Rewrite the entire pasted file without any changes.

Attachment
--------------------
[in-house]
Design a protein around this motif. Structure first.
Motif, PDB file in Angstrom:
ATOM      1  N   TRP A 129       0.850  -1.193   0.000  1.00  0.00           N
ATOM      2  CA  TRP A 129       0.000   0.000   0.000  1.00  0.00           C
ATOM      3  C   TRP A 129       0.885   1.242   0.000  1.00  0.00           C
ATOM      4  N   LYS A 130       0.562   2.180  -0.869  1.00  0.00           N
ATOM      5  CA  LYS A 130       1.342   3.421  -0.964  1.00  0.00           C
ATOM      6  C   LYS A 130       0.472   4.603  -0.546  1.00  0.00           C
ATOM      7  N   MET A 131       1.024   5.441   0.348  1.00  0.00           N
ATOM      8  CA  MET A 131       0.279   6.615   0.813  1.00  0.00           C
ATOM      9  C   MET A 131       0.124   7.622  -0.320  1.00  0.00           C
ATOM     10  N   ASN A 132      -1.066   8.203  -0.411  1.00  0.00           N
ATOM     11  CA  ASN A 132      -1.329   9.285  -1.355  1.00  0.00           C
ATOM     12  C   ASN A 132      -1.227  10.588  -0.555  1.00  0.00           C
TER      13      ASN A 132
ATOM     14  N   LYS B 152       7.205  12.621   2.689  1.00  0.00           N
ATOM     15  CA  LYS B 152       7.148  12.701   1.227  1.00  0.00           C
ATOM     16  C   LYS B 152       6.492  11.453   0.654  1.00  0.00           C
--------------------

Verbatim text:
[in-house]
Design a protein around this motif. Structure first.
Motif, PDB file in Angstrom:
ATOM      1  N   TRP A 129       0.850  -1.193   0.000  1.00  0.00           N
ATOM      2  CA  TRP A 129       0.000   0.000   0.000  1.00  0.00           C
ATOM      3  C   TRP A 129       0.885   1.242   0.000  1.00  0.00           C
ATOM      4  N   LYS A 130       0.562   2.180  -0.869  1.00  0.00           N
ATOM      5  CA  LYS A 130       1.342   3.421  -0.964  1.00  0.00           C
ATOM      6  C   LYS A 130       0.472   4.603  -0.546  1.00  0.00           C
ATOM      7  N   MET A 131       1.024   5.441   0.348  1.00  0.00           N
ATOM      8  CA  MET A 131       0.279   6.615   0.813  1.00  0.00           C
ATOM      9  C   MET A 131       0.124   7.622  -0.320  1.00  0.00           C
ATOM     10  N   ASN A 132      -1.066   8.203  -0.411  1.00  0.00           N
ATOM     11  CA  ASN A 132      -1.329   9.285  -1.355  1.00  0.00           C
ATOM     12  C   ASN A 132      -1.227  10.588  -0.555  1.00  0.00           C
TER      13      ASN A 132
ATOM     14  N   LYS B 152       7.205  12.621   2.689  1.00  0.00           N
ATOM     15  CA  LYS B 152       7.148  12.701   1.227  1.00  0.00           C
ATOM     16  C   LYS B 152       6.492  11.453   0.654  1.00  0.00           C